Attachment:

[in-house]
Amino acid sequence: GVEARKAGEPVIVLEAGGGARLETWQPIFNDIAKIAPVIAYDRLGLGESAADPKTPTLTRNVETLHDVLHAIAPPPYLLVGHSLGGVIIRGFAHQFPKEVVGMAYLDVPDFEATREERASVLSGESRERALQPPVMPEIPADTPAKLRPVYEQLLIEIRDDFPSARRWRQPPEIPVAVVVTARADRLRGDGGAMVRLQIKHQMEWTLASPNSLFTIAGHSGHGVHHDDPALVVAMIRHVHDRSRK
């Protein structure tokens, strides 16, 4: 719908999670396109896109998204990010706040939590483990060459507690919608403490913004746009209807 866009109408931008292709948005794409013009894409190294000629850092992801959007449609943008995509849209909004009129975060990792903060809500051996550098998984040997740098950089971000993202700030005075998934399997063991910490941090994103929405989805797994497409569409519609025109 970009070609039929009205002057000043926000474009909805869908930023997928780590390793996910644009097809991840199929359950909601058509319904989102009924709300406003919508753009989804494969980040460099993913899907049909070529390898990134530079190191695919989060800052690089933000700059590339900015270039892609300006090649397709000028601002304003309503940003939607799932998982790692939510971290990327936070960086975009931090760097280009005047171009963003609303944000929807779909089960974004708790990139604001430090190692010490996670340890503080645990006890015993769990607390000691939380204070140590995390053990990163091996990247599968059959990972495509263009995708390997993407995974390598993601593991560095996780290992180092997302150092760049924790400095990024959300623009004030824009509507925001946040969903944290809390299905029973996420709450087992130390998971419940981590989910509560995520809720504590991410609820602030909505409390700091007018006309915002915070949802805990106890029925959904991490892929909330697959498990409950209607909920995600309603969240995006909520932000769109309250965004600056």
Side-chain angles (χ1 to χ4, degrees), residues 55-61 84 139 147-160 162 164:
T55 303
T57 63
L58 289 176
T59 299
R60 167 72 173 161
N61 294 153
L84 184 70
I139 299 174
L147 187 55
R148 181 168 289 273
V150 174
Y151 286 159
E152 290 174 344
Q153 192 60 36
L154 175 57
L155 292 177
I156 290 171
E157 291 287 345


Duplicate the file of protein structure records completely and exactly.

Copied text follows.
[in-house]
Amino acid sequence: GVEARKAGEPVIVLEAGGGARLETWQPIFNDIAKIAPVIAYDRLGLGESAADPKTPTLTRNVETLHDVLHAIAPPPYLLVGHSLGGVIIRGFAHQFPKEVVGMAYLDVPDFEATREERASVLSGESRERALQPPVMPEIPADTPAKLRPVYEQLLIEIRDDFPSARRWRQPPEIPVAVVVTARADRLRGDGGAMVRLQIKHQMEWTLASPNSLFTIAGHSGHGVHHDDPALVVAMIRHVHDRSRK
């Protein structure tokens, strides 16, 4: 719908999670396109896109998204990010706040939590483990060459507690919608403490913004746009209807 866009109408931008292709948005794409013009894409190294000629850092992801959007449609943008995509849209909004009129975060990792903060809500051996550098998984040997740098950089971000993202700030005075998934399997063991910490941090994103929405989805797994497409569409519609025109 970009070609039929009205002057000043926000474009909805869908930023997928780590390793996910644009097809991840199929359950909601058509319904989102009924709300406003919508753009989804494969980040460099993913899907049909070529390898990134530079190191695919989060800052690089933000700059590339900015270039892609300006090649397709000028601002304003309503940003939607799932998982790692939510971290990327936070960086975009931090760097280009005047171009963003609303944000929807779909089960974004708790990139604001430090190692010490996670340890503080645990006890015993769990607390000691939380204070140590995390053990990163091996990247599968059959990972495509263009995708390997993407995974390598993601593991560095996780290992180092997302150092760049924790400095990024959300623009004030824009509507925001946040969903944290809390299905029973996420709450087992130390998971419940981590989910509560995520809720504590991410609820602030909505409390700091007018006309915002915070949802805990106890029925959904991490892929909330697959498990409950209607909920995600309603969240995006909520932000769109309250965004600056």
Side-chain angles (χ1 to χ4, degrees), residues 55-61 84 139 147-160 162 164:
T55 303
T57 63
L58 289 176
T59 299
R60 167 72 173 161
N61 294 153
L84 184 70
I139 299 174
L147 187 55
R148 181 168 289 273
V150 174
Y151 286 159
E152 290 174 344
Q153 192 60 36
L154 175 57
L155 292 177
I156 290 171
E157 291 287 345